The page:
The kids stretched their legs and had a great time pretending to be foghorns. In reality, we are a very loud family, so this wasn’t a stretch. Though for the purposes of these pictures I was impressed they showed restraint and only pretended to yell.

6. Anne of green gables chocolates (AKA the failed pit stop)

I mostly aim to eliminate clutter, so buying souvenirs is not my thing. But years ago I had stopped at an Anne of Green Gables Chocolate outlet and thought it would be a fun (edible) memento from the trip. The Charlottetown store didn’t open until 11 am, so we opted to skip it and were poised to emerge from PEI without a single treat/souvenir.

Enter the bathroom stop.

Both kids suddenly were desperate to find a bathroom and their urgency happened, coincidentally, when we were close to a little shopping complex that housed an Anne of Green Gables Chocolate store.

Now, of course, things are pricey in a place like this, but I reasoned it would be worth it for a convenient bathroom. Whomp, whomp. There were no public bathrooms. And every other store on the strip is only open seasonally.

We bought our obligatory chocolate treats – which were delicious, especially the chocolate-covered chips which I haven’t had in years and were every bit as yummy as I remembered – and made a hasty retreat to a local gas station.

Ironically, between what Abby bought with allowance money and our little family package, we paid more for these treats than for our one purchased meal on the island. Everything was very delicious, though!

7. cape jourimain + the confederation bridge

And then we were off the island. The weather cleared by the time we reached Charlottetown, so we had nothing but blue sky for our final goodbyes.

Levi was awake this time so we opted to stop to get pictures of the bridge. This morphed into throwing rocks, hiding a painted rock…and then begging to walk to the lighthouse.

It was already supper time and I wasn’t keen to get home late. But it was such a beautiful evening. And the kids laid out some very convincing arguments. After cloud and drizzle all day, the sun was shining, the birds were singing and there was the dangling carrot of another lighthouse.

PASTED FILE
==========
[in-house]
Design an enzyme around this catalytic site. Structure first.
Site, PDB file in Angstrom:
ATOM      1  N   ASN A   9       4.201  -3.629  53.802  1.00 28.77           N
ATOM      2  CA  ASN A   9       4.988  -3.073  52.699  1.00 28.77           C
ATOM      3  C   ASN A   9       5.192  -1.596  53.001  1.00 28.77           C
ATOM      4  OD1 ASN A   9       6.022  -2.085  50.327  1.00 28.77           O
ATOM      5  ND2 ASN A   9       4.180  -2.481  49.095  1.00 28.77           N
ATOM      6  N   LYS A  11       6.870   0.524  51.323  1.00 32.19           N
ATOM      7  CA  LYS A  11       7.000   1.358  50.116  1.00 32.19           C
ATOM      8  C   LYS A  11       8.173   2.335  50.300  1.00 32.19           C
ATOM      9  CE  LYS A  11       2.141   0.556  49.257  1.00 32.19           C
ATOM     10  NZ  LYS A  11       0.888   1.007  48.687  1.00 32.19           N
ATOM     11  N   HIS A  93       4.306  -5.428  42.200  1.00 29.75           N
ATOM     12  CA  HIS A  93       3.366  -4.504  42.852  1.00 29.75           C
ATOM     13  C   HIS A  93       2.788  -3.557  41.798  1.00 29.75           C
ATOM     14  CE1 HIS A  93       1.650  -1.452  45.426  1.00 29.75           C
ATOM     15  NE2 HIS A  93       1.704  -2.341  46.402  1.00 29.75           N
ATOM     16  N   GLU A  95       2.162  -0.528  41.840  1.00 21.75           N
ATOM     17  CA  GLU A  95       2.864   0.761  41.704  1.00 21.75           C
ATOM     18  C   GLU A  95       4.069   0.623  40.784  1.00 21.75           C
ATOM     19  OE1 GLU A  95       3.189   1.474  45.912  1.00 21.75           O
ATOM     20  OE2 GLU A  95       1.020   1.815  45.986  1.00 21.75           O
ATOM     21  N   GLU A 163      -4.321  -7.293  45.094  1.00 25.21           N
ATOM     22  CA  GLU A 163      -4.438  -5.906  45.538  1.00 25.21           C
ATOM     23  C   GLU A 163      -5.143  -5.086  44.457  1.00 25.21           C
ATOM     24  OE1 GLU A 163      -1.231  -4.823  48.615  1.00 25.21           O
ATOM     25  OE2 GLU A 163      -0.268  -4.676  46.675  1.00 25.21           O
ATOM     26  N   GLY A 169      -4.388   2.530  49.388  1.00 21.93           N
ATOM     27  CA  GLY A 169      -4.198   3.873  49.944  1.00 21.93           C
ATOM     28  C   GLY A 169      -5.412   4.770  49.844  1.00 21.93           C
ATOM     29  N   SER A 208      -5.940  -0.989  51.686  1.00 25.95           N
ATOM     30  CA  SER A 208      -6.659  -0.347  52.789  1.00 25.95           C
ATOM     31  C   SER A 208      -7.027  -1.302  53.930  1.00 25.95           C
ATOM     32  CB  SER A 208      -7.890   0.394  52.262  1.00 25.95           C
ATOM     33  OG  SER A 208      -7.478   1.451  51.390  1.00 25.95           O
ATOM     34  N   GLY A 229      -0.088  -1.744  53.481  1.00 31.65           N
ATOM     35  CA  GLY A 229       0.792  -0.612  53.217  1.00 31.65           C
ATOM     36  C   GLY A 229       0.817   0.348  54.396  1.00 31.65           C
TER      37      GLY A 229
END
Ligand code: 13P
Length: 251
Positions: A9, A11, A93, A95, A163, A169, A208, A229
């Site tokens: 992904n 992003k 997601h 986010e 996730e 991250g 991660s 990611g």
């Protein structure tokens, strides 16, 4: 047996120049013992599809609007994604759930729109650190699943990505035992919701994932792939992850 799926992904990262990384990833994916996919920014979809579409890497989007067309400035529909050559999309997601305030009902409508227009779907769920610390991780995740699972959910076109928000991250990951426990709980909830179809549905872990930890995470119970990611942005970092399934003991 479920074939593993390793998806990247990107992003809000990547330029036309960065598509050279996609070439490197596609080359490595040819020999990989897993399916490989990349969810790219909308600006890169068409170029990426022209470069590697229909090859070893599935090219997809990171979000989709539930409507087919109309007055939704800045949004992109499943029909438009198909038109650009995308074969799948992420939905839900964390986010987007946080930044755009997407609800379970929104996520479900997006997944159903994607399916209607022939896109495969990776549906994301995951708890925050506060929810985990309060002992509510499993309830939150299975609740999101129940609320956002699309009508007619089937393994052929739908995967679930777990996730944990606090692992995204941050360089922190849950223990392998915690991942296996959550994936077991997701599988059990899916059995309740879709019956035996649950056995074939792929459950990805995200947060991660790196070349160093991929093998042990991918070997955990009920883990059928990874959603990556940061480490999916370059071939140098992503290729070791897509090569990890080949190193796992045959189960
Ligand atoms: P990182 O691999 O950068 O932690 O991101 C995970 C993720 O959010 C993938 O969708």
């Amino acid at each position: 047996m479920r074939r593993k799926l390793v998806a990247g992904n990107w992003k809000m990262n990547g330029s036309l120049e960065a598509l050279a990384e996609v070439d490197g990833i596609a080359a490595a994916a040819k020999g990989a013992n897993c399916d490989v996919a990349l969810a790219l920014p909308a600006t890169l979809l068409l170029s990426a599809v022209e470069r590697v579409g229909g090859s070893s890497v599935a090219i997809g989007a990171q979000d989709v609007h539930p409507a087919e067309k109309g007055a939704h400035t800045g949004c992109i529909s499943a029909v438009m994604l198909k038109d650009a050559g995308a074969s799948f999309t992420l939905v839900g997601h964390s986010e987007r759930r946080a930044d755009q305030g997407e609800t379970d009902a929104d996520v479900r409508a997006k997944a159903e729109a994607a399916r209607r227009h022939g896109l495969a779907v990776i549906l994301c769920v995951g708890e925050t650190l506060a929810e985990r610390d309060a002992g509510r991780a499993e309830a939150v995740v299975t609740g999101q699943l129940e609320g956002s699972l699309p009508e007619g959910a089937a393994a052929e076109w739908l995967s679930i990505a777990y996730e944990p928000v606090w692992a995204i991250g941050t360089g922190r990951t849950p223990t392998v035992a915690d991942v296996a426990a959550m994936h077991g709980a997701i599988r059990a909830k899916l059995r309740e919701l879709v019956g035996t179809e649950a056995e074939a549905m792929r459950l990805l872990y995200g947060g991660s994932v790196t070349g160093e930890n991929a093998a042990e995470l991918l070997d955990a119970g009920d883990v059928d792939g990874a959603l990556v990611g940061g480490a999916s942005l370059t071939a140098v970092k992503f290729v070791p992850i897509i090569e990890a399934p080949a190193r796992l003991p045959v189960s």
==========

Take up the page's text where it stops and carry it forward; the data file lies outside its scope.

I caved and said yes and we really did have a lovely walk through the woods to reach our final lighthouse of the trip, which offers a great view of the bridge.

Another spectacular view of the bridge; the kids chased each other around the boardwalk circle for…a long time!

I actually came to this very spot years prior with my undergraduate Ornithology class, so it felt like a weird sense of deja vu, though at the time I never dreamed the next time I returned I would have two kids in tow!

8. the home stretch

I’m not going to lie. The last two hours of this trip were brutal. The kids fell asleep, but we had to drive through the tricky onset of dusk with the confusing peripheral shadows and then total darkness, all on high alert because of deer and moose. After almost 20 hours in the car over two days, I have rarely been so happy to see home, mostly because of those final few hours. It started to rain just as we pulled in the driveway, so I’m so grateful we didn’t have slick roads thrown into the mix.

The kids woke up, got in jammies and I heated up Magic Bags (of course) so they could snuggle in and get right back to sleep.

John and I ended up unpacking just about everything. We travel light and were only away for one night but, still, it was wonderful to wake up Sunday morning relatively refreshed, with not much to do aside from laundry.

And…that’s a wrap on our whirlwind (offseason) trip to PEI!

Your turn. Any fun travel lately or are you looking forward to any particular adventures over the summer?

19 thoughts on “Destination Prince Edward Island: Part Two”